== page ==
Alcohol use is the third leading risk factor for poor health globally. A wide variety of alcohol-related problems can have devastating impacts on individuals and their families and can seriously affect community life. The harmful use of alcohol is one of the four most common modifi able and preventable risk factors for major noncommunicable diseases (NCDs). There is also emerging evidence that the harmful use of alcohol contributes to the health burden caused by communicable diseases such as, for example, tuberculosis and HIV/AIDS.
Related WHO Web pages
- Management of Substance Abuse (currently featuring Global status report on alcohol and health 2o11 (3 March 2011)
- Rethinking Drinking provides research-based information about how your drinking habits can affect your health. Learn to recognize the signs of alcohol problems and ways to cut back or quit drinking. Interactive tools can also help you calculate the calories and alcohol content of drinks. (US National Institutes of Health)
You are what your father ate
UMMS research suggests paternal diet affects lipid metabolizing genes in offspring
WORCESTER, Mass. — Scientists at the University of Massachusetts Medical School and the University of Texas at Austin have uncovered evidence that environmental influences experienced by a father can be passed down to the next generation, “reprogramming” how genes function in offspring. A new study published this week in Cell shows that environmental cues—in this case, diet—influence genes in mammals from one generation to the next, evidence that until now has been sparse. These insights, coupled with previous human epidemiological studies, suggest that paternal environmental effects may play a more important role in complex diseases such as diabetes and heart disease than previously believed.
“Knowing what your parents were doing before you were conceived is turning out to be important in determining what disease risk factors you may be carrying,” said Oliver J. Rando, MD, PhD, associate professor of biochemistry & molecular pharmacology at UMMS and principal investigator for the study, which details how paternal diet can increase production of cholesterol synthesis genes in first-generation offspring….
…These observations are consistent with epidemiological data from two well-known human studies suggesting that parental diet has an effect on the health of offspring. One of these studies, called the Överkalix Cohort Study, conducted among residents of an isolated community in the far northeast of Sweden, found that poor diet during the paternal grandfather’s adolescence increased the risk of diabetes, obesity and cardiovascular disease in second-generation offspring. However, because these studies are retrospective and involve dynamic populations, they are unable to completely account for all social and economic variables. “Our study begins to rule out the possibility that social and economic factors, or differences in the DNA sequence, may be contributing to what we’re seeing,” said Rando. “It strongly implicates epigenetic inheritance as a contributing factor to changes in gene function.”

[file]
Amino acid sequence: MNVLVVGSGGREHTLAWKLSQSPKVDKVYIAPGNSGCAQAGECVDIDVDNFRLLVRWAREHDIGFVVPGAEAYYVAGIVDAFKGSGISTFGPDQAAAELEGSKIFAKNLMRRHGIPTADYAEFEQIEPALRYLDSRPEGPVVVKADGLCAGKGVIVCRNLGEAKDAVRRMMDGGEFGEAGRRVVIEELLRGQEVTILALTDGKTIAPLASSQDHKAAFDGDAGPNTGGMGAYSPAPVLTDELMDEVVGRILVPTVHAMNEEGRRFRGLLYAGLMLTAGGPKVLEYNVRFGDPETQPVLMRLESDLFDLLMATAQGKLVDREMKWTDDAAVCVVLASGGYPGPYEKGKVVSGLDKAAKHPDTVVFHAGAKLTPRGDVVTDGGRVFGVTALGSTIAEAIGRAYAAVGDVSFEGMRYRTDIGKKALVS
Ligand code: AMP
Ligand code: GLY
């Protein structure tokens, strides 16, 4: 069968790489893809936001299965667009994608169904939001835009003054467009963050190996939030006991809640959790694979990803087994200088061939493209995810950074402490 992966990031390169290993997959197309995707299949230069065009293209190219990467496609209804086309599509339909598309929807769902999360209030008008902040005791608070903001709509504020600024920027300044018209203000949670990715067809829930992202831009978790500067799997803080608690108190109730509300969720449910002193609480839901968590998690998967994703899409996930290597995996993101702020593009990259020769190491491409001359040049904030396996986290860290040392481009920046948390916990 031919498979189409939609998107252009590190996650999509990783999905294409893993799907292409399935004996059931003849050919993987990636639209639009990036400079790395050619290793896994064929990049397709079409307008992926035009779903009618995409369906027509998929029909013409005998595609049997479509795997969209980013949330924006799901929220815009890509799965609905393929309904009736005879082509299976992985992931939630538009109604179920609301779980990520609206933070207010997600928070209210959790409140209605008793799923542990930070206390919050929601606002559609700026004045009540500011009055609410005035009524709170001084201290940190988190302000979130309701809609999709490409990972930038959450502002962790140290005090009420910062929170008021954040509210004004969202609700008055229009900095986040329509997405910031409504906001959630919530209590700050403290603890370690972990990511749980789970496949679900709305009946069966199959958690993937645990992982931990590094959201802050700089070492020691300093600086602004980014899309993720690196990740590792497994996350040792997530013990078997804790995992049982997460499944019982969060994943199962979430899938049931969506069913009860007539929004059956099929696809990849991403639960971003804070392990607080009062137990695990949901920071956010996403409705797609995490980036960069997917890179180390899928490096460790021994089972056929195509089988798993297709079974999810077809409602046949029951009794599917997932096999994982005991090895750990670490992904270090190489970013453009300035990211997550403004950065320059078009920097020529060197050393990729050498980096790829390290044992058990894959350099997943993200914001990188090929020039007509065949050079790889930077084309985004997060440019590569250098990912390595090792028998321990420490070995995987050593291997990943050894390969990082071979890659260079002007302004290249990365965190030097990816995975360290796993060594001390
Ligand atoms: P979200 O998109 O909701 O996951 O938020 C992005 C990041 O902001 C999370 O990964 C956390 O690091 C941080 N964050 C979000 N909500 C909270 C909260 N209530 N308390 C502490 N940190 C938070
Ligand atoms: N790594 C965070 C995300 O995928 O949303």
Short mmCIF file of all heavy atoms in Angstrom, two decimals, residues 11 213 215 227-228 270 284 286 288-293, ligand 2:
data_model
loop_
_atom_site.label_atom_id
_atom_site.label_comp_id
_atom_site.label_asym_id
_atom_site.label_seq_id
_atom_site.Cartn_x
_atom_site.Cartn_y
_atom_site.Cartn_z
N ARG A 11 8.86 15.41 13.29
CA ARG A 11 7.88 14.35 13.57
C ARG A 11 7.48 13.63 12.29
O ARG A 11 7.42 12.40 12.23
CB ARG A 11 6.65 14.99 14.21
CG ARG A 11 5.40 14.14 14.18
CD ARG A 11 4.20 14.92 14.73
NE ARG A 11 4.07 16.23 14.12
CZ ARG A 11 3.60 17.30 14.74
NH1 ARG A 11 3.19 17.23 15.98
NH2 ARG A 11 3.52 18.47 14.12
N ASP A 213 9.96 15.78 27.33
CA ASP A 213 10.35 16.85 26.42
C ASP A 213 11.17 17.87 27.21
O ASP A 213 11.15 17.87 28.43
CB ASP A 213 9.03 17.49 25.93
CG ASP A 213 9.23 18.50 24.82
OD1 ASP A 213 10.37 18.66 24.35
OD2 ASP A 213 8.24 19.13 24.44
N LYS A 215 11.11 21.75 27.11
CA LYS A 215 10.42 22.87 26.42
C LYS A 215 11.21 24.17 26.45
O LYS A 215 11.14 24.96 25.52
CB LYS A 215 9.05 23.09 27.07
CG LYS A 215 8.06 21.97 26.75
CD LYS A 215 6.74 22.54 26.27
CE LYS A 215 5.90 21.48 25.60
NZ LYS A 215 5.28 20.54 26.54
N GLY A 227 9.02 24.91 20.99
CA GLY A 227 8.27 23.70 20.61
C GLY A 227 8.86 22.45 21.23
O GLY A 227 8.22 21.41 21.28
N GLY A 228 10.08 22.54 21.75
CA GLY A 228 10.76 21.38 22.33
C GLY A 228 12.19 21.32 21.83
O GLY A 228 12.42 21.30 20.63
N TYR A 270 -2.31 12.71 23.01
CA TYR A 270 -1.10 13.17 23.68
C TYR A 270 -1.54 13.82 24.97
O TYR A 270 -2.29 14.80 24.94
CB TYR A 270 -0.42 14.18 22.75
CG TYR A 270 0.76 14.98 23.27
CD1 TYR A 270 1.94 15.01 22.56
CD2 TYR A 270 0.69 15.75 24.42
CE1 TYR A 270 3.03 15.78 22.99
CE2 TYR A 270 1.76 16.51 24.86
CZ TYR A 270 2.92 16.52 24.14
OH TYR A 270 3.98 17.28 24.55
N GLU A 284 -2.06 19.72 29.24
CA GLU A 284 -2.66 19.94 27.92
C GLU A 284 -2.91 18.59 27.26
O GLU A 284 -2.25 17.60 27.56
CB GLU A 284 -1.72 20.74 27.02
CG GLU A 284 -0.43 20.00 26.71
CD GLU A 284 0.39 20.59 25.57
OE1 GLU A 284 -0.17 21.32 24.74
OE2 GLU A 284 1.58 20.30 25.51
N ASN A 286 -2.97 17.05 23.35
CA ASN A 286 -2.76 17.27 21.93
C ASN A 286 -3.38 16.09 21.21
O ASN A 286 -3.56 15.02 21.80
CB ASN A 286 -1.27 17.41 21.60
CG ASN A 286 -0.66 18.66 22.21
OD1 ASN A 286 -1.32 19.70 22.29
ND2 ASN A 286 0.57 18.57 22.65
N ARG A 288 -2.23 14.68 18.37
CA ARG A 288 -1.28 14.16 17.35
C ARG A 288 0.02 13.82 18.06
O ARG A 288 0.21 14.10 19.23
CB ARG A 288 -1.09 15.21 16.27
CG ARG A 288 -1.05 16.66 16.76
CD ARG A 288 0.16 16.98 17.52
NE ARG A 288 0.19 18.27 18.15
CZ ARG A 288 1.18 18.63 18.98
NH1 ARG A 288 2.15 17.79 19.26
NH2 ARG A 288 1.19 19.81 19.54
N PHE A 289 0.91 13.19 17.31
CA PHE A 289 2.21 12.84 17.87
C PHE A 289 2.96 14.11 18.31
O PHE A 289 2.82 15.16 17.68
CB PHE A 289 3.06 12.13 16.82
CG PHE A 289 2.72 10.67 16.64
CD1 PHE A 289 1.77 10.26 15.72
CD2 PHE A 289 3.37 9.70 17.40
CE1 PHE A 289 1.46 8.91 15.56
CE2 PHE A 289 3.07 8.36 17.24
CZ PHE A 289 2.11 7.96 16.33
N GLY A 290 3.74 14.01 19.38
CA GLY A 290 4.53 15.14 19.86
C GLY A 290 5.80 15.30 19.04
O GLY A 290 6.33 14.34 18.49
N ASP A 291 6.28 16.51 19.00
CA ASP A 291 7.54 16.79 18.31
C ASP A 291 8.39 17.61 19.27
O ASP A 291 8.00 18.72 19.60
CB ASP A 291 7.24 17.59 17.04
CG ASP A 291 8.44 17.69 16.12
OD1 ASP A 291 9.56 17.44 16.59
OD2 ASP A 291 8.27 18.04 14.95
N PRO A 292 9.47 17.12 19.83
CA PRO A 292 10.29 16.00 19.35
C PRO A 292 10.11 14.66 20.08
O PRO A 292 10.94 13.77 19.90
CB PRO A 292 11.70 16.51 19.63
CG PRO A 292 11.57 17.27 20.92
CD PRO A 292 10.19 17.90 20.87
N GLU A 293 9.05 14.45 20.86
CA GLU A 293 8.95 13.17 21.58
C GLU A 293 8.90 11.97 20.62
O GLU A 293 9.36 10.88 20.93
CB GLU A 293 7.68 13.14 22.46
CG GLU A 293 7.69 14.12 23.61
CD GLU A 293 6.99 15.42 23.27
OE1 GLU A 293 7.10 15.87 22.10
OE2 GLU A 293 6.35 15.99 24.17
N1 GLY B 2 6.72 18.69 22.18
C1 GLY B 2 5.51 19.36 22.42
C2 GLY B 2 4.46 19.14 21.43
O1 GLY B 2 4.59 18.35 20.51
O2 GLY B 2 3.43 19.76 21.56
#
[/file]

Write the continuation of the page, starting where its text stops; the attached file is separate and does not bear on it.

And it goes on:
The results also have implications for our understanding of evolutionary processes, says Hans A. Hofmann, PhD, associate professor of integrative biology at the University of Texas at Austin and a co-author of the study. “It has increasingly become clear in recent years that mothers can endow their offspring with information about the environment, for instance via early experience and maternal factors, and thus make them possibly better adapted to environmental change. Our results show that offspring can inherit such acquired characters even from a parent they have never directly interacted with, which provides a novel mechanism through which natural selection could act in the course of evolution.” Such a process was first proposed by the early evolutionist Jean-Baptiste Lamarck, but then dismissed by 20th century biologists when genetic evidence seemed to provide a sufficient explanation.
Taken together, these studies suggest that a better understanding of the environment experienced by our parents, such as diet, may be a useful clinical tool for assessing disease risk for illnesses, such as diabetes or heart disease. “We often look at a patient’s behavior and their genes to assess risk,” said Rando. “If the patient smokes, they are going to be at an increased risk for cancer. If the family has a long history of heart disease, they might carry a gene that makes them more susceptible to heart disease. But we’re more than just our genes and our behavior. Knowing what environmental factors your parents experienced is also important.”
The next step for Rando and colleagues is to explore how and why this genetic reprogramming is being transmitted from generation to generation. “We don’t know why these genes are being reprogrammed or how, precisely, that information is being passed down to the next generation,” said Rando. “It’s consistent with the idea that when parents go hungry, it’s best for offspring to hoard calories, however, it’s not clear if these changes are advantageous in the context of a low-protein diet.”